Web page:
This feature about Shaggy’s Skis was originally published in the December 2014 issue of Traverse, Northern Michigan’s Magazine.
During a quiet Thursday night in February, Andrew Maguire and I drive north toward the small town of Boyne City, Michigan.
Tomorrow morning we’ll visit the factory for Shaggy’s Copper Country Skis and then test a pair of skis on Boyne Mountain, Lower Michigan’s biggest ski area.
Two hours into the drive, Andrew and I talk of the noise and clutter of Grand Rapids, our city of 188,000. He talks of the suburbs metastasizing around Grand Rapids that add another 600,000 people to our metropolitan area until we are just paved roads and sidewalks and houses hemmed in by other houses.
I grew up in a town of 6,000, went to college in a town of 6,000 people, but now I live in Grand Rapids. I think about how, after a few long weeks spent inside the borders of Grand Rapids, I like it here in the north best. Fleeing the city and its fingers of buildings scratching sky. Here it’s only tires humming on lonely black roads. Only the blackened silhouettes of pines. Only a few scattered homes breaking the dark ring of night. Then long pauses of emptiness and silence.
Since we are skiing (I telemark and Andrew snowboards) together for the first time tomorrow, Andrew asks about my history. I tell him of skiing by age 2. Of being a part of a family that spent every winter weekend on icy East Coast slopes. About a family sleeping in an old RV in ski area parking lots so we could be first on and last off the lift. It was the best childhood.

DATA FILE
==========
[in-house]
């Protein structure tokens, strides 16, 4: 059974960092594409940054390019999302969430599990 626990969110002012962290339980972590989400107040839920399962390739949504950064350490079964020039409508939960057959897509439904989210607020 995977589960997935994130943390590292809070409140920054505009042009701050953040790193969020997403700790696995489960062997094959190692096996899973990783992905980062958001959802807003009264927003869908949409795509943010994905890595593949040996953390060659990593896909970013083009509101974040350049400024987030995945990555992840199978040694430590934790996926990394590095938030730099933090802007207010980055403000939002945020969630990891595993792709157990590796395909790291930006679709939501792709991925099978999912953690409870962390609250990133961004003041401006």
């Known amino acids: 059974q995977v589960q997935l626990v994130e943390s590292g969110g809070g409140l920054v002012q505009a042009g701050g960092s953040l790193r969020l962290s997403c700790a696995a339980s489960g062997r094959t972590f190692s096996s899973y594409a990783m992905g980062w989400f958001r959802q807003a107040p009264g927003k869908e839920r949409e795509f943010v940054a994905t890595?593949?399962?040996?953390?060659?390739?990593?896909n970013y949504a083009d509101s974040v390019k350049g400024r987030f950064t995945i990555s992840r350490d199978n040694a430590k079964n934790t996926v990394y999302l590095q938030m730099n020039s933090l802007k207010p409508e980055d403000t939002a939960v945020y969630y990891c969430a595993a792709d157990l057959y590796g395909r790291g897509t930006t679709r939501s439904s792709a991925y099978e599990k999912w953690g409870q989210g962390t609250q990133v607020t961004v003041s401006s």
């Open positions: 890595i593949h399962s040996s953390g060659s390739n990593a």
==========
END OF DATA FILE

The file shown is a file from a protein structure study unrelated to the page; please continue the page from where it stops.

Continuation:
I talk of moving to Colorado in 1991 to attend Western State College and ski Crested Butte. I talk of 20 years skiing the West and those peaks that rip clouds. I tell stories of backcountrying in New Mexico, Colorado, Utah, Washington, Oregon, Montana, and Idaho.
Then I speak in a quieter voice about moving three years ago to southwestern Michigan, how this will be my first weekend skiing Michigan. How I’ve just never had the desire to ski these small knobs. How I’m spoiled. Andrew has snowboarded out West and in New England. He nods.
We talk during this late and dark winter night until we reach Boyne City, a few miles from Boyne Mountain, a 515-foot-high hill, the resort at the base, and a small gathering of homes and businesses hidden in groves of trees.
In early morning, Andrew and I head to Shaggy’s Copper Country Ski Company. The factory—a converted Knights of Columbus hall—is so discreet we pass it twice. Once we find it, we introduce ourselves. John Thompson, a man in his early 50s with a youthful face, a soul patch goatee and crows’ feet in the corner of his eyes, shakes our hands and walks us through the five-room factory. He tells how he, Shari (his wife of 32 years), and their two sons, Jeff and Jonathon, started making skis. “My youngest son and I built a surfboard. After we did that, Jeff said, ‘Dad, we need to build some skis.’ ” John looks at the machinery in the shop and adds, “We’re a ski family. I was a ski racer and so were my boys. But we had no clue how to build a pair of skis, so Jeff and Jonathon went to skibuilders.com to figure it out.”